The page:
"It didn't need to be cleaned. I can't find anything."
"But then he doesn't have to find anything, does he?" Thom countered. "That's what I'm for."
No mood for banter. "Well?" Rhyme cast his handsome face toward Sellitto. "What?"
"Got a case. Thought you might wanta help."
"What's all that?" Banks asked, motioning toward a new computer sitting beside Rhyme's bed.
"Oh," Thom said with infuriating cheer, "he's state of the art now. Show them, Lincoln. Show them."
"I don't want to show them."
More thunder but not a drop of rain. Nature, as often, was teasing today.
Thom persisted. "Show them how it works."
"Don't want to."
"He's just embarrassed."
"Thom," Rhyme muttered.
But the young aide was as oblivious to threats as he was to recrimination. He tugged his hideous, or stylish, silk tie. "I don't know why he's behaving this way. He seemed very proud of the whole setup the other day."
Thom continued. "That box there" -- he pointed to a beige contraption -- "that goes to the computer."
"Whoa, two hundred megahertz?" Banks asked, nodding at the computer. To escape Rhyme's scowl he'd grabbed the question like an owl snagging a frog.
"Yep," Thom said.
But Lincoln Rhyme was not interested in computers. At the moment Lincoln Rhyme was interested only in microscopic rings of sculpted calamari and the sand they nestled in.
Thom continued. "The microphone goes into the computer. Whatever he says, the computer recognizes. It took the thing a while to learn his voice. He mumbled a lot."
In truth Rhyme was quite pleased with the system -- the lightning-fast computer, a specially made ECU box -- environmental control unit -- and voice-recognition software. Merely by speaking he could command the cursor to do whatever a person using a mouse and keyboard could do. And he could dictate too. Now, with words, he could turn the heat up or down and the lights on or off, play the stereo or TV, write on his word processor, and make phone calls and send faxes.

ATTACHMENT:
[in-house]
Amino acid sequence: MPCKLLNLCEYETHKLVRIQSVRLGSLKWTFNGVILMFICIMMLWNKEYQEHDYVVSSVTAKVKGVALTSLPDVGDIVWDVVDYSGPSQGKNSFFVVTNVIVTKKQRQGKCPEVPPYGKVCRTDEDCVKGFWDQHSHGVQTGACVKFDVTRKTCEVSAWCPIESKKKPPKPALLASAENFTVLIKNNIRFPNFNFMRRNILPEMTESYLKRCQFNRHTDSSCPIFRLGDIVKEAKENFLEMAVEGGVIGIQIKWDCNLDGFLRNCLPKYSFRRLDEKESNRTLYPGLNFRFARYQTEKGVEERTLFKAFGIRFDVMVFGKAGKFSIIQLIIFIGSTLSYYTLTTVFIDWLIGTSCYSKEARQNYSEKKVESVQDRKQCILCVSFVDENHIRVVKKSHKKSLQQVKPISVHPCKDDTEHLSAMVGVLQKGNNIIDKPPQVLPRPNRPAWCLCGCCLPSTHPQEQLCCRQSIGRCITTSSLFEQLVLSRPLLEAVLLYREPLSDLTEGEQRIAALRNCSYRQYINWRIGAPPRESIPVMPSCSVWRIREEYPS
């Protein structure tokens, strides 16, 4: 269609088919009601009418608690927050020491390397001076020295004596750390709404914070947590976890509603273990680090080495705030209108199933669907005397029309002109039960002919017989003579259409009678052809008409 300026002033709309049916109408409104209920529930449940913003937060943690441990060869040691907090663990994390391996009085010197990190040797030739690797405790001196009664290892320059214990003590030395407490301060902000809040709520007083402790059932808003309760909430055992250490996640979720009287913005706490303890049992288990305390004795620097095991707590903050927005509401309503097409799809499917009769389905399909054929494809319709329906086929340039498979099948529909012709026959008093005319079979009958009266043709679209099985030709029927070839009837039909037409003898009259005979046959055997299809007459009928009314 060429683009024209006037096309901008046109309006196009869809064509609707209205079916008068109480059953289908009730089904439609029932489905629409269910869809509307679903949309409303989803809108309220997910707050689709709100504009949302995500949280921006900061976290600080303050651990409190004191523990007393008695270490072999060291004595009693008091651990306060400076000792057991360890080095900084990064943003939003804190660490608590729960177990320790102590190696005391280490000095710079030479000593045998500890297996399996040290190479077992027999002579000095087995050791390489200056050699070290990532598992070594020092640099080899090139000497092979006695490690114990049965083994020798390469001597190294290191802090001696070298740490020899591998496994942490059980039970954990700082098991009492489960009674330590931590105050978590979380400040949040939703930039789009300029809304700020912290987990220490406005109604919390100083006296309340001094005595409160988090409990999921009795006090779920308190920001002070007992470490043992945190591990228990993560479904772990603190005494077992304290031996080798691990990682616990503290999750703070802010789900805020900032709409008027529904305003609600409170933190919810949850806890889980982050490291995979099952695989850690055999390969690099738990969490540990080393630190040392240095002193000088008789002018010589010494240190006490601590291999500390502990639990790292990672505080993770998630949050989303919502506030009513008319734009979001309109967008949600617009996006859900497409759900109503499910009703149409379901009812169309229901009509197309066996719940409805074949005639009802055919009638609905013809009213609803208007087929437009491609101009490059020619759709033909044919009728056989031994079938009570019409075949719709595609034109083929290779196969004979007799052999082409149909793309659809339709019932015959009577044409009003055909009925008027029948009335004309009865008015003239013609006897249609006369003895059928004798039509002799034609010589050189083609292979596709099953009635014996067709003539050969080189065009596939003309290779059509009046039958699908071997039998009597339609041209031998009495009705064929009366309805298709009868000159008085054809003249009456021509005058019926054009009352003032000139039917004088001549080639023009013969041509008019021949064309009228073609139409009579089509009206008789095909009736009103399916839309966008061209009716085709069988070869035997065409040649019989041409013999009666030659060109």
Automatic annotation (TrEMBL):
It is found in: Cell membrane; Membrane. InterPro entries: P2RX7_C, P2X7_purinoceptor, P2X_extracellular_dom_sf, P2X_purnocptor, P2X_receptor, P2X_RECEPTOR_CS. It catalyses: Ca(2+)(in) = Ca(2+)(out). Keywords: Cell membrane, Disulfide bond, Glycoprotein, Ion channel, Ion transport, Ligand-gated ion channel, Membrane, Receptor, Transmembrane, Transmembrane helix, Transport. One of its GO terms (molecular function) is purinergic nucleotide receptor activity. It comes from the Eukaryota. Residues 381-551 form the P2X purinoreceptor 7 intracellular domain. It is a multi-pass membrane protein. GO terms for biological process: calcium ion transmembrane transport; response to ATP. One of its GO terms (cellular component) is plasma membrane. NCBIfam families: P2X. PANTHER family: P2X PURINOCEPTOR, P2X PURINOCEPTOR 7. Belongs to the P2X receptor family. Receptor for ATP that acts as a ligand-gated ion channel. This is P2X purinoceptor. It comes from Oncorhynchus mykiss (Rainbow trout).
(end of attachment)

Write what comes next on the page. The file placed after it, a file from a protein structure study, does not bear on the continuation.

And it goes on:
"He can even write music," Thom said to the visitors. "He tells the computer what notes to mark down on the staff."
"Now that's useful," Rhyme said sourly. "Music."
For a C4 quad -- Rhyme's injury was at the fourth cervical vertebra -- nodding was easy. He could also shrug, though not as dismissingly as he'd have liked. His other circus trick was moving his left ring finger a few millimeters in any direction he chose. That had been his entire physical repertoire for the past several years; composing a sonata for the violin was probably not in the offing.
"He can play games too," Thom said.
"I hate games. I don't play games."
Sellitto, who reminded Rhyme of a large unmade bed, gazed at the computer and seemed unimpressed. "Lincoln," he began gravely. "There's a task-forced case. Us 'n' the feds. Ran into a problem last night."
"Ran into a brick wall," Banks ventured to say.
"We thought...well, I thought you'd want to help us out on this one."
Want to help them out?
"I'm working on something now," Rhyme explained. "For Perkins, in fact." Thomas Perkins, special agent in charge of the Manhattan office of the FBI. "One of Fred Dellray's runners is missing."
Special Agent Fred Dellray, a longtime veteran with the Bureau, was a handler for most of the Manhattan office's undercover agents. Dellray himself had been one of the Bureau's top undercover ops. He'd earned commendations from the director himself for his work. One of Dellray's agents, Tony Panelli, had gone missing a few days earlier.
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